Human rights groups have called on Sudan’s transitional government to end the “reign of impunity” for war crimes committed in Darfur, nearly 17 years after the bloody conflict started.
Sudan’s new leaders must “seize this momentum to bring to justice those responsible for the crimes committed in Darfur”, the International Federation for Human Rights (FIDH) and other organisations wrote in a report Wednesday.
Following anti-government protests that led to the fall of veteran autocrat Omar al-Bashir in April, an agreement between Sudan’s military and protest leaders installed a transitional government tasked with steering the country towards civil rule.
The new government has pledged to end conflicts in regions including Darfur, where war between rebels and pro-government forces caused 300,000 deaths and displaced 2.5 million people since 2003, according to United Nations figures.
Bashir, who was sentenced to two years’ detention in Sudan for corruption Saturday, is subject to arrest warrants by the International Criminal Court for genocide, war crimes, and crimes against humanity in Darfur.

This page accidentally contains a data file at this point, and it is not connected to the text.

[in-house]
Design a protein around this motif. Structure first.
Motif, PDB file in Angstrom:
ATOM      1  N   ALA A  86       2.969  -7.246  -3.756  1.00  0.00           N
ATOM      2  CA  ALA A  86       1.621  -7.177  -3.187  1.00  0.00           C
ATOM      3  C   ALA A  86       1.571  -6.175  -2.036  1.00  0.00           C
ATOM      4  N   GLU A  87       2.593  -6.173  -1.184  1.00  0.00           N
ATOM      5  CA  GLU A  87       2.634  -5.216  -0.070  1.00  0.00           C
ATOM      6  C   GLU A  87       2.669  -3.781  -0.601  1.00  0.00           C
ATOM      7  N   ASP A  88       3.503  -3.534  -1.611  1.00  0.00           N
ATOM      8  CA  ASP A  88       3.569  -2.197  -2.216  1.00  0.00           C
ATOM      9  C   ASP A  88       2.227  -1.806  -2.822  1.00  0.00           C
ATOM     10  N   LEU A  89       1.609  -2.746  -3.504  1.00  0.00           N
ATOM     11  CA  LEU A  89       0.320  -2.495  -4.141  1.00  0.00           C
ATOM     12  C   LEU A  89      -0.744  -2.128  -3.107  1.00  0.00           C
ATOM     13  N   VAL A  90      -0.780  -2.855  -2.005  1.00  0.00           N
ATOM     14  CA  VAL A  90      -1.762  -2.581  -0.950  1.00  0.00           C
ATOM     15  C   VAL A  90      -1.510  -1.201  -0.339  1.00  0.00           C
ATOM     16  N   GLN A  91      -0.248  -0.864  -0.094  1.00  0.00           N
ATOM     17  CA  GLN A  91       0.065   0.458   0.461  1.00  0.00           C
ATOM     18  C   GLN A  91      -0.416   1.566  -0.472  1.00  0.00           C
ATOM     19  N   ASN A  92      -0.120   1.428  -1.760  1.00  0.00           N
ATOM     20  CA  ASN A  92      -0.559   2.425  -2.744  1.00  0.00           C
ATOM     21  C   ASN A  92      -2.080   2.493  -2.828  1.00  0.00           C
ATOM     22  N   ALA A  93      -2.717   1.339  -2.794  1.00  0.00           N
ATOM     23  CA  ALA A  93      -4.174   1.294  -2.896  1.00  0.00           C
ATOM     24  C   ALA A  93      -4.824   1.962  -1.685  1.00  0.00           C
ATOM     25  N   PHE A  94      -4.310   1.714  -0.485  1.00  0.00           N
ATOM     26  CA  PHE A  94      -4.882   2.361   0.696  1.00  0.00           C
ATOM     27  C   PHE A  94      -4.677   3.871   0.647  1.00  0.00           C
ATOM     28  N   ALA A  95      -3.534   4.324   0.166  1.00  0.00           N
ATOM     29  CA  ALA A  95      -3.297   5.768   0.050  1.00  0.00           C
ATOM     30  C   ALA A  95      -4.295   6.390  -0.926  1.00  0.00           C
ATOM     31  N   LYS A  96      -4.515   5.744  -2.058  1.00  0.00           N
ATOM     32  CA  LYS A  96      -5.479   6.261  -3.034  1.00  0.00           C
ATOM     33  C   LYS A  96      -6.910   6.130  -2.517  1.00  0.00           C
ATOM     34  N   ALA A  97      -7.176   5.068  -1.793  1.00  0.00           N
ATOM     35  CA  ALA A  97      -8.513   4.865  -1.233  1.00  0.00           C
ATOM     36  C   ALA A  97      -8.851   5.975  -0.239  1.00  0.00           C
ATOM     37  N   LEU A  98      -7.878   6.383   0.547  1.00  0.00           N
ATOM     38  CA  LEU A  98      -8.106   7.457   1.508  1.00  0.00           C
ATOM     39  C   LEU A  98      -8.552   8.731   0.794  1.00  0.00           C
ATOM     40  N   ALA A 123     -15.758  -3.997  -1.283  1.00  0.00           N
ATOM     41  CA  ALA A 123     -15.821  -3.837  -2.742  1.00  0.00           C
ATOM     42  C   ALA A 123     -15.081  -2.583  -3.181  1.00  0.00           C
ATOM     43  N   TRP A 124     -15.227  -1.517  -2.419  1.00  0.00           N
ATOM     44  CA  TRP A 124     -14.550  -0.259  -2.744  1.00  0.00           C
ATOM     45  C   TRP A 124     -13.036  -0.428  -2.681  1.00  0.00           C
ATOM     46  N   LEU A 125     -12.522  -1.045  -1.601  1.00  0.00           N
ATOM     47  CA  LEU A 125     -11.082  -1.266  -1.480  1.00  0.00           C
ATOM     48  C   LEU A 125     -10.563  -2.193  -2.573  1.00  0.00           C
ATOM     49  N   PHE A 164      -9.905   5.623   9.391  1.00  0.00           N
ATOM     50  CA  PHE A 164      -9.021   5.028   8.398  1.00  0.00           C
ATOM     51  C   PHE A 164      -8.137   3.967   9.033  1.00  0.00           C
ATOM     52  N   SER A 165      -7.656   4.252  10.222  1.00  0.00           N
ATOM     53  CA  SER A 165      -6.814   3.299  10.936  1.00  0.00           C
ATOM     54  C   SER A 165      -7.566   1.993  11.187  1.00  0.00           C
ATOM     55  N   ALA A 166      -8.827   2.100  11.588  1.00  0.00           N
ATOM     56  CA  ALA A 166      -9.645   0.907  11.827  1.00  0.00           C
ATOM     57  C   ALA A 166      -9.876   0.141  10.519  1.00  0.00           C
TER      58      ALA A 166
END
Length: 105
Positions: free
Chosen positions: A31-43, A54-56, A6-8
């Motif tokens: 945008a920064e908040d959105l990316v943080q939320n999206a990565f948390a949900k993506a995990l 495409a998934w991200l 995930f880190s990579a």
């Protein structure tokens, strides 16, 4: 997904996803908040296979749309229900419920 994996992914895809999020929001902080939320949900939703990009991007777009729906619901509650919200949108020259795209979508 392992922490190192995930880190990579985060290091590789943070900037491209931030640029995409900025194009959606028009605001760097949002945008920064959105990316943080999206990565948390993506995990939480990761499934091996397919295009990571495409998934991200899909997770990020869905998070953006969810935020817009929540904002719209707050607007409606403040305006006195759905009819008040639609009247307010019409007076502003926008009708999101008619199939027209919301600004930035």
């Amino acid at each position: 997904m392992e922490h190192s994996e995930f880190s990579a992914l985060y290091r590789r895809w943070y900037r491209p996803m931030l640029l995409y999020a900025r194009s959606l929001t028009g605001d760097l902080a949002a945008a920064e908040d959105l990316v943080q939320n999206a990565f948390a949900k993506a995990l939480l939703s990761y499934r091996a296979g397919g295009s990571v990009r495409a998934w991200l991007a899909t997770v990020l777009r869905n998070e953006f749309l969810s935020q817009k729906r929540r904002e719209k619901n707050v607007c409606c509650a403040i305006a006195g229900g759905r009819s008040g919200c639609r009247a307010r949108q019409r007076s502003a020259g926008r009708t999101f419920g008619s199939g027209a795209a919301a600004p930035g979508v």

Transitional authorities have not authorised Bashir’s extradition to face trial at the ICC.
The rights groups blamed the failure to bring Bashir and other suspects to international justice “on a lack of national and regional political will”.
Authorities in Khartoum must “not obscure past crimes”, said Arnold Tsunga, Africa director for the International Commission of Jurists and former FIDH vice president.
The report—titled Will there be Justice for Darfur?—documented ongoing violence in Sudan, drawing on sources in Darfur and testimony from Darfuri refugees in eastern Chad.
Without accountability and reparation for victims, such crimes will continue, the report’s authors wrote, “preventing any real democratic political transition”.